A new survey by the University of Notre Dames Center for the Study of Religion and Society and the Hudson Institutes Center for Global Prosperity (CGP) has found that U.S. congregations of all denominations are giving record amounts in relief and development assistance to poor countries.
The survey, which was part of a comprehensive center congregational survey supported by the John Templeton Foundation, found that religious organizations gave $8.8 billion in 2006. A 2005 CGP study had reported religious giving at $5.4 billion for that year, but was based on limited data. The new study is the first national random sample of U.S. religious giving to the developing world.
The study examines religious and development giving that goes directly to orphanages and schools and other efforts in areas such as Mexico and Haiti, as well as monies given directly to U.S.-based organizations such as the Red Cross and Catholic Relief Services,said David H. Sikkink, associate professor of sociology and the Centers director.
More than 50 percent of the congregations gave an average of $10,500 to U.S.-based organizations that are involved in relief and development efforts and more than 30 percent made donations directly to programs in developing countries. More than 30 percent conducted short-term mission or service trips.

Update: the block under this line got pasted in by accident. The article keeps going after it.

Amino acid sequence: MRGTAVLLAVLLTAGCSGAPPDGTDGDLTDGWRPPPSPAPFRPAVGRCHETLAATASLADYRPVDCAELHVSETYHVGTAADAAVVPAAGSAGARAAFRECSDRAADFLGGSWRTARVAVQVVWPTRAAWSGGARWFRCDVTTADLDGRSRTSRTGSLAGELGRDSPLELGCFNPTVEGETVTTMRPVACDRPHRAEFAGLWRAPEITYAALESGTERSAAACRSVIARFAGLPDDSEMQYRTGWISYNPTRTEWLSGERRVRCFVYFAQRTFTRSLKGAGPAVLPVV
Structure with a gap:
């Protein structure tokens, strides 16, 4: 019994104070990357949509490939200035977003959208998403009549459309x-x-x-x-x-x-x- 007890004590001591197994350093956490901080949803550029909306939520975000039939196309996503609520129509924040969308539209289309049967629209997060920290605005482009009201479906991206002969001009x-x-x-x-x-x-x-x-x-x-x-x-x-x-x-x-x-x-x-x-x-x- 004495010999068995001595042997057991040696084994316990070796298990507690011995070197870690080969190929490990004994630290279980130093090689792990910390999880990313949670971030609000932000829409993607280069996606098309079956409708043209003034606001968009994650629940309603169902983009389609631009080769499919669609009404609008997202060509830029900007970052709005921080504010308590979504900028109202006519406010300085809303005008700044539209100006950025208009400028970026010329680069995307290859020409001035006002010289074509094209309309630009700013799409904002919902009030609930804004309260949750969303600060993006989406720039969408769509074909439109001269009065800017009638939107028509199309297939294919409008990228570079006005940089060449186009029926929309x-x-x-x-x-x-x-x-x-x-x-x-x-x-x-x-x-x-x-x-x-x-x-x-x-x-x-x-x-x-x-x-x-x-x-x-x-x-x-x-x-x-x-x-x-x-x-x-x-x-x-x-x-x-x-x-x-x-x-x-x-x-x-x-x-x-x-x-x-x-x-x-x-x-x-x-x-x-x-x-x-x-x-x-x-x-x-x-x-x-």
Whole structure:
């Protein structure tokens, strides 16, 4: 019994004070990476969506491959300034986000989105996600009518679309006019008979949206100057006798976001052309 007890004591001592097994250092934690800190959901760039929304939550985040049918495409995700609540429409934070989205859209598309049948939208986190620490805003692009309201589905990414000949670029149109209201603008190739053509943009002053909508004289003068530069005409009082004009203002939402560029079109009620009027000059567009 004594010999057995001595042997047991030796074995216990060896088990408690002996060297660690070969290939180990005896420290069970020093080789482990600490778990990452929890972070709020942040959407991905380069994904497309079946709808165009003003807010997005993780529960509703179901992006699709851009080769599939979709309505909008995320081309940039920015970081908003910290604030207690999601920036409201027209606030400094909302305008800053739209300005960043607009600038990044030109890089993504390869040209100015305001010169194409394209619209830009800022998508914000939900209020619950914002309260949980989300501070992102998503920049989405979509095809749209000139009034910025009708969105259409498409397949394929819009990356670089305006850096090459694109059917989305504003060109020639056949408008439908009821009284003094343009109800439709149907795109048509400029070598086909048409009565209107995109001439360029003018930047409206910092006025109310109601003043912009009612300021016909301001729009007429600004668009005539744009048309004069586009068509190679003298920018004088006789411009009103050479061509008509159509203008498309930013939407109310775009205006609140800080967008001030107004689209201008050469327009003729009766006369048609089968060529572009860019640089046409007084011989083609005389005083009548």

Sikkink also pointed out that while congregations consider evangelism and service to both be part of a holistic ministry, the survey measured only expenditures for items such as food, clothing and medicines and excluded financial support for evangelism.
The sample was randomly selected: it was diverse and in addition to mainline and conservative Protestant congregations, it included Catholic parishes, synagogues and Muslim and Hindu congregations,Sikkink said.It was also more ethnically diverse than earlier surveys, which had difficulty surveying low-income and African-American congregations.
The study also revealed an interesting pattern in congregational support for the developing world. While Catholic parishes tended to work with U.S.-based aid agencies, Protestant denominations, and particularly conservative Protestant organizations, worked more directly with overseas programs.
Notre Dames Center for the Study of Religion and Society is dedicated to advancing social, scientific understanding of religion in society through scholarly research, training, and publications.
The Washington, D.C.-based Hudson Institute is a non-partisan policy research organization dedicated to innovative research and analysis that promotes global security, prosperity and freedom.
_ Contact: David Sikkink, associate professor of sociology and director of the Center for Religion and Society, 574-631-2736,_ " email@example.com ":mailto:firstname.lastname@example.org